Repercussions of digital technologies for information asymmetry in performance-based contracting (PBC): An exploration study in digitally-enabled manufacturing environments

Luis Prato*, Finn Wynstra, Wendy van der Valk

*Corresponding author for this work

Research output: Contribution to conferenceAbstractOther research output

Abstract

Purpose
Classical agency theory (Eisenhardt, 1989; Hypko, Tilebein and Gleich, 2010b) applied to study Performance Based Contracting (PBC), focuses on the notions of information asymmetry and outcome-measurability (Eisenhardt, 1989; Hypko, Tilebein and Gleich, 2010b) to address resulting agency problems. Previous research in manufacturing industries indicates that PBC seems to be less effective in situations when information is expensive to generate (Randall, Nowicki and Hawkins, 2011; Selviaridis and Wynstra, 2015), even with the utilization of a variety of supporting Information Systems (IS) (Eisenhardt, 1989). In the majority of cases, agents either cannot deliver the agreed performance-outcomes or do not behave in line with the goals of the principal. Thus, these barriers have both economic and relationship consequences under this contracting approach.
In sum, contemporary advances of supporting IS, commonly referred as Digital Technologies (DTs) (Ardolino et al., 2018) might have an effect on classical agency theory. DTs like sensor-technology, Internet of Things (IoT), cloud computing, and advanced data analytics may play a vital role to minimize agency problems, by reducing information asymmetry and enhancing outcome measurability (Eisenhardt, 1989). PBC research conducted in the defence, aerospace, mining and transportation sectors, showed an increasing employment of DTs by manufacturers for the generation of performance information and measurements (Grubic, 2014; Visnjic et al., 2017; Grubic and Jennions, 2018), although in digitally-enabled manufacturing environments this utilization is still limited (Prato, Wynstra and van der Valk, 2020).
More recent research suggests that vast amount of performance information in manufacturing industries can directly reduce hidden actions and thereof the moral hazard problem(Prato, Wynstra and van der Valk, 2020). However, insights from principals suggest mistrust of DTs (i.e. accuracy, objectivity, reliability, validity and consistency of measurements and information) as a source of information asymmetry (Prato, Wynstra and van der Valk, 2020). Also; it seems that principals displayed certain inability to interpret available information, which ultimately also became a source for information asymmetry. The main research question is as follows: In PBC, What may be the effect of mistrust of digital technologies (DTs) and inability for interpretation information on information asymmetry?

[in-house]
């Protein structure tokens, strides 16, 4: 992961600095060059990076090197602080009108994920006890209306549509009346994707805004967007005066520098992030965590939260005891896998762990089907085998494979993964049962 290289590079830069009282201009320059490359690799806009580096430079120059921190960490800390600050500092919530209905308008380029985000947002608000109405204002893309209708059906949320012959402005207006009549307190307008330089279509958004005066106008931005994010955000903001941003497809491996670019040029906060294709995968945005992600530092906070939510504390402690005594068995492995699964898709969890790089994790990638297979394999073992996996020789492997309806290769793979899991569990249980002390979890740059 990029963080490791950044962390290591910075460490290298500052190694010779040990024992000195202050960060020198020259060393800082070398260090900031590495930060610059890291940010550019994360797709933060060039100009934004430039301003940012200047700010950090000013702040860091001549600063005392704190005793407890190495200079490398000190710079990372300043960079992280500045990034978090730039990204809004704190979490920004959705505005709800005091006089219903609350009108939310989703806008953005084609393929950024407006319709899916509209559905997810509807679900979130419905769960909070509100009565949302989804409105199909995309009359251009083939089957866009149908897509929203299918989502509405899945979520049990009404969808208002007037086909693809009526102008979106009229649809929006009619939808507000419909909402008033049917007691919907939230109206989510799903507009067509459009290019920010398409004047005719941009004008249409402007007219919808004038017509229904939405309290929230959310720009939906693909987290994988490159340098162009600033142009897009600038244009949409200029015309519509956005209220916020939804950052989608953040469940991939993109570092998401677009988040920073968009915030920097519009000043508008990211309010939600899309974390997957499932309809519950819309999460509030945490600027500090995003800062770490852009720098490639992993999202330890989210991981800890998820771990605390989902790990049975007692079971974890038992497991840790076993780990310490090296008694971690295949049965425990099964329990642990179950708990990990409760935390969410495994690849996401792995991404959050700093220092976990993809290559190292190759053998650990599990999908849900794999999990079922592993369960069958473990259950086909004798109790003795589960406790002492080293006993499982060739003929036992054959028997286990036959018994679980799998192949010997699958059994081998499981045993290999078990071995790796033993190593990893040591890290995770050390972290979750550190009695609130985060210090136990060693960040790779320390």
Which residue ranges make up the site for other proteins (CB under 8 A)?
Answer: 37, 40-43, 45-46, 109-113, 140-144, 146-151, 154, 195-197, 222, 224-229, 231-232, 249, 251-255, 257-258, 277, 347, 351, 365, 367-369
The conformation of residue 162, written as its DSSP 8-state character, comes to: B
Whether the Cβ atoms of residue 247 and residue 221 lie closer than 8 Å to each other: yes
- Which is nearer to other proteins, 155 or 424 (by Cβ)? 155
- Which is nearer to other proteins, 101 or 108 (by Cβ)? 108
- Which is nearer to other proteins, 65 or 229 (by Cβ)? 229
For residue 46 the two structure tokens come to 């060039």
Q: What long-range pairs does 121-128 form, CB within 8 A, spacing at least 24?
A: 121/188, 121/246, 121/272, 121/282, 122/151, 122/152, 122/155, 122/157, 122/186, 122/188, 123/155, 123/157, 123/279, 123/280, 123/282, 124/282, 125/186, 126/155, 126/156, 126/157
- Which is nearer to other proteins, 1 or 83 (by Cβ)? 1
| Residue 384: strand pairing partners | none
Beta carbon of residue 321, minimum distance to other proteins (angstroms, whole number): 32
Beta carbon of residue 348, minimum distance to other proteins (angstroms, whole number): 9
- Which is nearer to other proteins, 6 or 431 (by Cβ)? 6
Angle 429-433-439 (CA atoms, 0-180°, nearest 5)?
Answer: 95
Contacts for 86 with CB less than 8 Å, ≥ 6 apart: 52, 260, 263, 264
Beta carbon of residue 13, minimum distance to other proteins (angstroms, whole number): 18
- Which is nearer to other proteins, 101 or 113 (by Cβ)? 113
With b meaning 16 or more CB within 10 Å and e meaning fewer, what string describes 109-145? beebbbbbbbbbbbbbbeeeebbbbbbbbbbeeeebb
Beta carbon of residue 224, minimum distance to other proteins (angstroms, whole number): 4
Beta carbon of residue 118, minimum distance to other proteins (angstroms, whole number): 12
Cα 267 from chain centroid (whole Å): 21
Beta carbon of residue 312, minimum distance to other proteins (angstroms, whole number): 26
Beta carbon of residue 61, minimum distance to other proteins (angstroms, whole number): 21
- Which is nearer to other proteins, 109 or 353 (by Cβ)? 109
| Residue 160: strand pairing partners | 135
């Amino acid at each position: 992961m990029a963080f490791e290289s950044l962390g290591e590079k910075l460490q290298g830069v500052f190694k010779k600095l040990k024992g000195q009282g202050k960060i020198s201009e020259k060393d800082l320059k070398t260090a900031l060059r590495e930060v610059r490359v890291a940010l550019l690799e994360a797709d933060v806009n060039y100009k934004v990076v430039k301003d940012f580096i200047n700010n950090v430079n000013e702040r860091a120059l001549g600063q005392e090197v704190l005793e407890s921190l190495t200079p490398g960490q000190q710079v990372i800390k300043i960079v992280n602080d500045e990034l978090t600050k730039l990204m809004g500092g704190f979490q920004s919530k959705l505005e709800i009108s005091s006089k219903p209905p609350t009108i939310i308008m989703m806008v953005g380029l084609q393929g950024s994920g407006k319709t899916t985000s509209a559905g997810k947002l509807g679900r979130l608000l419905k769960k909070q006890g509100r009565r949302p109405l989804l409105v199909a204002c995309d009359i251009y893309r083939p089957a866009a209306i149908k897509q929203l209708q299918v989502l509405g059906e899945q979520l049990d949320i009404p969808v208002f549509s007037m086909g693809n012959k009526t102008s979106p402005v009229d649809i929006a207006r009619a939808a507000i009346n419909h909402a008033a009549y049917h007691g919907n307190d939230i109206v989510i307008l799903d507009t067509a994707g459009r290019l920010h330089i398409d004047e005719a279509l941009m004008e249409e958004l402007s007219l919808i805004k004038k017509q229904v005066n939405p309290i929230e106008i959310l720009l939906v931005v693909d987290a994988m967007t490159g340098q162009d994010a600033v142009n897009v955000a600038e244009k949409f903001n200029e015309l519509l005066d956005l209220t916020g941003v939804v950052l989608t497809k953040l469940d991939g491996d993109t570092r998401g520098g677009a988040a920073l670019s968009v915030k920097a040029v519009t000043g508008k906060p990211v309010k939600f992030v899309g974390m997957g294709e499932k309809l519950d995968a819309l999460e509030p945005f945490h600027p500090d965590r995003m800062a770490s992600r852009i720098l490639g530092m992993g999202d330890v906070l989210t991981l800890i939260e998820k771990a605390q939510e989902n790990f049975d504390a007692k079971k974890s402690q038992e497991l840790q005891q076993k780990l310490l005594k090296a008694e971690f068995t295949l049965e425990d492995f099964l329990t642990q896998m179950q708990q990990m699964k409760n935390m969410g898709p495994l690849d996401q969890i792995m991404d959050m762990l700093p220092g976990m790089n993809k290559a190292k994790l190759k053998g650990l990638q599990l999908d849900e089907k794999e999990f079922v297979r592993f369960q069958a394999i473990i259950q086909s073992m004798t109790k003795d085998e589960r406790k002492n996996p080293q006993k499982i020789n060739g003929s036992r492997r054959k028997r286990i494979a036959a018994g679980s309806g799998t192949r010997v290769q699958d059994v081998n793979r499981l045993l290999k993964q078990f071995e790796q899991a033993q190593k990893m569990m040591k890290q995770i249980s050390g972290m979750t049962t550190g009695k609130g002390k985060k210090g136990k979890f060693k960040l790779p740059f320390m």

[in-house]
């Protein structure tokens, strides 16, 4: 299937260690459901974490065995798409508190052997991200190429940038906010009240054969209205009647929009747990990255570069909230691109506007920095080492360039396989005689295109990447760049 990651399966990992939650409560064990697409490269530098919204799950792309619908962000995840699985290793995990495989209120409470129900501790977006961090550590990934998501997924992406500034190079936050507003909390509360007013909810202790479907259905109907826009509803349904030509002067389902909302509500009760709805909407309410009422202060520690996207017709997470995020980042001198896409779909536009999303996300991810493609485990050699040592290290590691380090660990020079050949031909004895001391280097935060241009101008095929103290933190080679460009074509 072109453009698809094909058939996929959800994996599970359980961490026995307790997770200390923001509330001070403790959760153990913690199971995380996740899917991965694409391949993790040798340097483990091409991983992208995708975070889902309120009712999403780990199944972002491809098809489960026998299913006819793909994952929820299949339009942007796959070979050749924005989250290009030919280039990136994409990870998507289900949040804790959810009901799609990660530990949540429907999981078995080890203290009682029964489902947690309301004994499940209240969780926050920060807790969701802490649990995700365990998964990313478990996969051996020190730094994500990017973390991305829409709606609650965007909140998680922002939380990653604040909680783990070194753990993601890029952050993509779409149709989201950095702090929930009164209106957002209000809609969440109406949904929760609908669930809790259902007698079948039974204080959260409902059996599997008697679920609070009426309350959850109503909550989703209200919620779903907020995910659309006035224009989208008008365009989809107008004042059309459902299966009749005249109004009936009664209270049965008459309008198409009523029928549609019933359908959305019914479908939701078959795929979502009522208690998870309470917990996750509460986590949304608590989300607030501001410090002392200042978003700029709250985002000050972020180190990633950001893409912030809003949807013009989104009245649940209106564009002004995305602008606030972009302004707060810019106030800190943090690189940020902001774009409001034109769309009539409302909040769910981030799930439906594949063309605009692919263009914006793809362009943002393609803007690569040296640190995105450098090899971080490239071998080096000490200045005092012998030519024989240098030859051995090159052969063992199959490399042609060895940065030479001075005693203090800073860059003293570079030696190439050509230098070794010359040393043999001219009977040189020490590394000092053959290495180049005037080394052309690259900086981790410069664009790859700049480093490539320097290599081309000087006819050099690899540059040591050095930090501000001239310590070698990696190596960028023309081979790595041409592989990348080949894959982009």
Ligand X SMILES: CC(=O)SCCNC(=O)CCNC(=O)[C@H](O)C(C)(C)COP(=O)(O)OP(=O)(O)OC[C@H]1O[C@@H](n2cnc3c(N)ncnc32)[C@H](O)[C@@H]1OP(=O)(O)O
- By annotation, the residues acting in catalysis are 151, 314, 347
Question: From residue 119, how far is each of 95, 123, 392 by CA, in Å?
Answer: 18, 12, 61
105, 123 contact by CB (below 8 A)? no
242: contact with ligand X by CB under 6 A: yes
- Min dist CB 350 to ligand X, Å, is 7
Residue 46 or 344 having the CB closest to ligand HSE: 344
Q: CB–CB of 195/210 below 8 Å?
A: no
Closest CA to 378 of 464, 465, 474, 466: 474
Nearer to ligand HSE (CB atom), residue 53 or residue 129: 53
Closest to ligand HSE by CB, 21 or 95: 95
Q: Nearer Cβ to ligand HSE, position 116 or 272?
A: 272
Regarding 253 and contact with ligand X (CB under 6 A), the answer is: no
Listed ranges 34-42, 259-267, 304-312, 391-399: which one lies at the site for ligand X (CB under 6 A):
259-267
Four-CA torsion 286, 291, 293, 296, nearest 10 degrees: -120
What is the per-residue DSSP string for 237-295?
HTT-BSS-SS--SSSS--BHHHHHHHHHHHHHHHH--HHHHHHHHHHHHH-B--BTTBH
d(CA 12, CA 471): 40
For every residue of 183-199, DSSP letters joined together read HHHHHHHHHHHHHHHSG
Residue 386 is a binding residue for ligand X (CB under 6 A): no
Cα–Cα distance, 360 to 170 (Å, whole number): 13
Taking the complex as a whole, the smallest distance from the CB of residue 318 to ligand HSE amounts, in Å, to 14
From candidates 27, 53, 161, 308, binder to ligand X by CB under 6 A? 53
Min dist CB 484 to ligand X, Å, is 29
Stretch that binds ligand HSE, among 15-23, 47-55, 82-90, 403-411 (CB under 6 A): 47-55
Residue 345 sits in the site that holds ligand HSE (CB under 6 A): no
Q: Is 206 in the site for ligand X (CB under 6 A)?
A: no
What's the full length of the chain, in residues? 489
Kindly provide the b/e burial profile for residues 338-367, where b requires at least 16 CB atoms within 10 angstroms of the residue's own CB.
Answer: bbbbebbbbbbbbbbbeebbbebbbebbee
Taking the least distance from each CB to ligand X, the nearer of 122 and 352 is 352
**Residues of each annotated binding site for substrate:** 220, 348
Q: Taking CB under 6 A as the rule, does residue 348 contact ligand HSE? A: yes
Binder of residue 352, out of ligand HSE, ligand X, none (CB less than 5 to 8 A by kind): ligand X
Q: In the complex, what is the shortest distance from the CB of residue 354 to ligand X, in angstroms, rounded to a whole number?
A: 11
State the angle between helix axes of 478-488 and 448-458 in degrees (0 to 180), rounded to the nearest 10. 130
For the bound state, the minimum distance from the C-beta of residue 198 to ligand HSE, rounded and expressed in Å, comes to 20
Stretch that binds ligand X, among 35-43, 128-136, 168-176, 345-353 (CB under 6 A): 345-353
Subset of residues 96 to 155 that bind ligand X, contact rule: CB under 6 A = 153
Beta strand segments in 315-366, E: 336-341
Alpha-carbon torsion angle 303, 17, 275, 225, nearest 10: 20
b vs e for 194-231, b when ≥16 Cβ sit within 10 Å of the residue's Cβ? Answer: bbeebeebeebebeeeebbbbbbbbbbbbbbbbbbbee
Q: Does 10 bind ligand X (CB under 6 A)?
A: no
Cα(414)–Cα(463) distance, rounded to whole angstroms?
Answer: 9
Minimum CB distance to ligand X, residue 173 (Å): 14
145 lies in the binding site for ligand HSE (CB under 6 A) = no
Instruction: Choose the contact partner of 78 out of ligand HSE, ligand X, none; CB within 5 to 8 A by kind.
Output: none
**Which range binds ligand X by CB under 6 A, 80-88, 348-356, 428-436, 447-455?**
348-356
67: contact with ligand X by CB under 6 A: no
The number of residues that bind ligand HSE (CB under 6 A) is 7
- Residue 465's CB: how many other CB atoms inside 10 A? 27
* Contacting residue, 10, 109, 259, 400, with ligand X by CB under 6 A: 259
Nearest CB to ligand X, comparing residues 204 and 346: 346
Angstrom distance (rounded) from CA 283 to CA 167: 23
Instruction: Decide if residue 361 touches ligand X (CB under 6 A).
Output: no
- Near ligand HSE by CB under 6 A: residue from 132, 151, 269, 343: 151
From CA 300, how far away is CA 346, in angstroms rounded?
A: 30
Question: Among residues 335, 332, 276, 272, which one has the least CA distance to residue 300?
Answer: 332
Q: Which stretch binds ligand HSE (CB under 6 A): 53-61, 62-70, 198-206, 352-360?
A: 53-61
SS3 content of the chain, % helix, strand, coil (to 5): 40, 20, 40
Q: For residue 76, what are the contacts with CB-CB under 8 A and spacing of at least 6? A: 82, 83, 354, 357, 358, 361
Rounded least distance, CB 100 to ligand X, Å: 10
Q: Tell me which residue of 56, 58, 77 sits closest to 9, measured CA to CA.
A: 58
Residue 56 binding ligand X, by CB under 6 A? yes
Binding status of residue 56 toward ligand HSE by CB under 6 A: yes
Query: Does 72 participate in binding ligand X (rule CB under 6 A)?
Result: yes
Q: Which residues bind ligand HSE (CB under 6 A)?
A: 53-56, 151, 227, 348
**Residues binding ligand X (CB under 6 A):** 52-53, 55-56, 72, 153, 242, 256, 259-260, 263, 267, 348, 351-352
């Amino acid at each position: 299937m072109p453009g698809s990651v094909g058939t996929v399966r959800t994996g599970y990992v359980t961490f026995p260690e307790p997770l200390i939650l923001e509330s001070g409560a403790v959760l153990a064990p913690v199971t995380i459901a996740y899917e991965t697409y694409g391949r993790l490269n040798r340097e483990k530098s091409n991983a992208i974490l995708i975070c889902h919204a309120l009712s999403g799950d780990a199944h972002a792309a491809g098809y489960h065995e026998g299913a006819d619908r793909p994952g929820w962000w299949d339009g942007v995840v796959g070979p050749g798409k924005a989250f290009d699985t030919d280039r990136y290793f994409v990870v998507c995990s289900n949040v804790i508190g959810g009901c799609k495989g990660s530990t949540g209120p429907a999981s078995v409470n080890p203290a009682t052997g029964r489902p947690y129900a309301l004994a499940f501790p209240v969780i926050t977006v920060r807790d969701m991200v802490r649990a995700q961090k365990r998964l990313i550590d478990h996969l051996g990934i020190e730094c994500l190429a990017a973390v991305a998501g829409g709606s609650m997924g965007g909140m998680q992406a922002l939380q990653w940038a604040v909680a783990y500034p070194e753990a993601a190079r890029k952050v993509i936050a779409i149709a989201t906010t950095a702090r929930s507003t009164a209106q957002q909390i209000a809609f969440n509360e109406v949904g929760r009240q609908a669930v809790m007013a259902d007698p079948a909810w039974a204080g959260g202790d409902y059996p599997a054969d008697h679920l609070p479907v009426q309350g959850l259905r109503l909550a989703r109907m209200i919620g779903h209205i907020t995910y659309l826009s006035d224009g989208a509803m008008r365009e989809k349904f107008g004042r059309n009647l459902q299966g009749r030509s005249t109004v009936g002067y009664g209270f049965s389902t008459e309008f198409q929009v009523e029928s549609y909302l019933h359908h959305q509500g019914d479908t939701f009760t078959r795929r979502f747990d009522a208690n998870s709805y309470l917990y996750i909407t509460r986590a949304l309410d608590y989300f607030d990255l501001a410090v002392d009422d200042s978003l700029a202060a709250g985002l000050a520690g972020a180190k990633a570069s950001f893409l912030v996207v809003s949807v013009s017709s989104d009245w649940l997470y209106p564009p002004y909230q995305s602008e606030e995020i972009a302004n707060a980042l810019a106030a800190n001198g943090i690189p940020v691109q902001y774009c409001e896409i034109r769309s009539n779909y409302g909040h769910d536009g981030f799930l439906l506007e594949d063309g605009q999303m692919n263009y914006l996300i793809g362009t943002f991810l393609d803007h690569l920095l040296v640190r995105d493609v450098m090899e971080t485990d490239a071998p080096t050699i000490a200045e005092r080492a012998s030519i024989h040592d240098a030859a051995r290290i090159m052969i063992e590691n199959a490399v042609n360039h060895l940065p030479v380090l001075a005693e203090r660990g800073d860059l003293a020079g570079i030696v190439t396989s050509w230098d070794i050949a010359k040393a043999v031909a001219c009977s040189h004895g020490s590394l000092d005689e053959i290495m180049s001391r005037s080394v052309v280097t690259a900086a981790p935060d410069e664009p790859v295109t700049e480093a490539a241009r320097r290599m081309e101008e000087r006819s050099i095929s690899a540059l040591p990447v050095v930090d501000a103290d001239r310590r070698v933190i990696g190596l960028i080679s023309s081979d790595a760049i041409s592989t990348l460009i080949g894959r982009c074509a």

Methodology
We conducted two exploratory studies (Yin, 2017) given the a lack of detailed prior empirical research. Each case study pertains to a contract between one supplier (ProPSS) and two producers (A and B) of non-durables goods (i.e. packaged foods and beverages). Data was collected through nineteen semi-structured interviews with both the supplier and their customers, while triangulation taking place through the review of multiple documents (e.g. historical archives such as contracts, documentation and performance evaluation records) and field observations.

Preliminary Findings
We will expand possible causes affecting information asymmetry to meet the aim of this study (see Table 1).

Table 1 – Overview of cross-analysis
Root-cause Important quotes
Mistrust of DTs

“….managers trusted only our manufacturing execution systems (MES), the DTs used by ProPSS did not align with the measurements obtained with our legacy systems” Plant Manager at producer B
“We never defined and unified an objective calculation of Original Equipment effectiveness (OEE) with ProPSS. There were many factors involved for the final calculation of this indicator, such as uptime, stops for cleaning, maintenance stops, effective production time and quality of the end-products” Plant Manager at producer B
“… connectivity and production monitoring systems installed by ProPSS were not reliable enough.” Maintenance Manager at producer A
“ we refused to pay the contract’s bonus, because all these inconsistencies. ProPSS could not deny these points” Maintenance Manager at producer A
Ability to interpret information “… OEE as indicator was controversial for all of us…..there were various manners to measure and interpret it.” Maintenance Manager at producer A

Contribution
These findings suggest that the use of DTs can only thrive in an environment of trust and transparency to reduce asymmetric principal-agent relations. Also, development of digital skills for the measurement and interpretation of information seems to the great importance. In conclusion, this study forms a first step in understanding additional effects of DTs in asymmetry of information, for the effective design and management of PBC in such digitally-enabled manufacturing environments.
Original languageEnglish
Publication statusSubmitted - 16 Jan 2021

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